Plenty of medical health issues are understood as being contagious, and specific measures are taken to avoid encouraging their spread. But can mental health concerns be contagious? A new study conducted at the University of Chicago with collaboration from the University of California at San Diego and Harvard University proposes that, in fact, at least one mental health issue can be spread from one person to the next: loneliness. The study was conducted over the course of ten years and worked towards taking an in-depth look at the potential for people to become lonely when in the presence of others experiencing the same concern.
Researchers found that people experiencing loneliness tended to move away from complex or frequent social involvement, experiencing fewer connections with others over time. Before such people effectively left their social circles, however, the study shows that they were capable of making an emotional impact on those with which they still had contact. Thus, a person affected by deep feelings of loneliness and responding to these feelings through the common, if personally unexamined, approach of withdrawing from social contact may encourage others around them to feel alienated and lonely through negative communications and downbeat thoughts and feelings. Potentially setting off entire groups of people and encouraging loneliness on a widespread scale, such actions may contribute to the frequency of feeling lonely experienced by many people in the modern world.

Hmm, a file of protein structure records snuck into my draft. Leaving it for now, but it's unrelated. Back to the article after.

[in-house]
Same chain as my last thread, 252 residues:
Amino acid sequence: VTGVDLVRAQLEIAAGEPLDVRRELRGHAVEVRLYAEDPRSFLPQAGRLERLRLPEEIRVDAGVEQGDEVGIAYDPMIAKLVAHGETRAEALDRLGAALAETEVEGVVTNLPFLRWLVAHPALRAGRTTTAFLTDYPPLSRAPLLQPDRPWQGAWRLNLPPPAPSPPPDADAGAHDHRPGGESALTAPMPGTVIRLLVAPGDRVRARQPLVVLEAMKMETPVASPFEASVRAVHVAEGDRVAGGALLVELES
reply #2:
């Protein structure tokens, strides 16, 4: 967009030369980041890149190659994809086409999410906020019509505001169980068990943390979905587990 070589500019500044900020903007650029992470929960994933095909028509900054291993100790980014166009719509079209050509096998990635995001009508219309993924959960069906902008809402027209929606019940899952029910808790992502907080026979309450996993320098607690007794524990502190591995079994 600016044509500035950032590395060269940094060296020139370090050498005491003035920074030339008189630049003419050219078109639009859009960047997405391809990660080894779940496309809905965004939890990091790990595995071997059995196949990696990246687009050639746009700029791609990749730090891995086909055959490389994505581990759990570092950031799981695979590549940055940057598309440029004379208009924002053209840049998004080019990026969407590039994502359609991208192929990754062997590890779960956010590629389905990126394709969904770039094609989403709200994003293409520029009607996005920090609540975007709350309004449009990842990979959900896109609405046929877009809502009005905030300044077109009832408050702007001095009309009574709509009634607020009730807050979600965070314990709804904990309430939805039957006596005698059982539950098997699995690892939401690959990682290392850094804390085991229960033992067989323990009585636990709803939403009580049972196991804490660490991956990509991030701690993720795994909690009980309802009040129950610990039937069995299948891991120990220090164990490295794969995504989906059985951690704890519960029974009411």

The study’s authors note that loneliness can be understood as a biological response to the need for human relationships, elements of life which have helped mankind survive throughout the course of evolution. Through understanding how loneliness arises –and how it may move and spread among communities— mental health professionals may be able to improve the quality and efficacy of care for this common mental health concern.
© Copyright 2009 by By John Smith, therapist in Bellingham, Washington. All Rights Reserved. Permission to publish granted to GoodTherapy.org.
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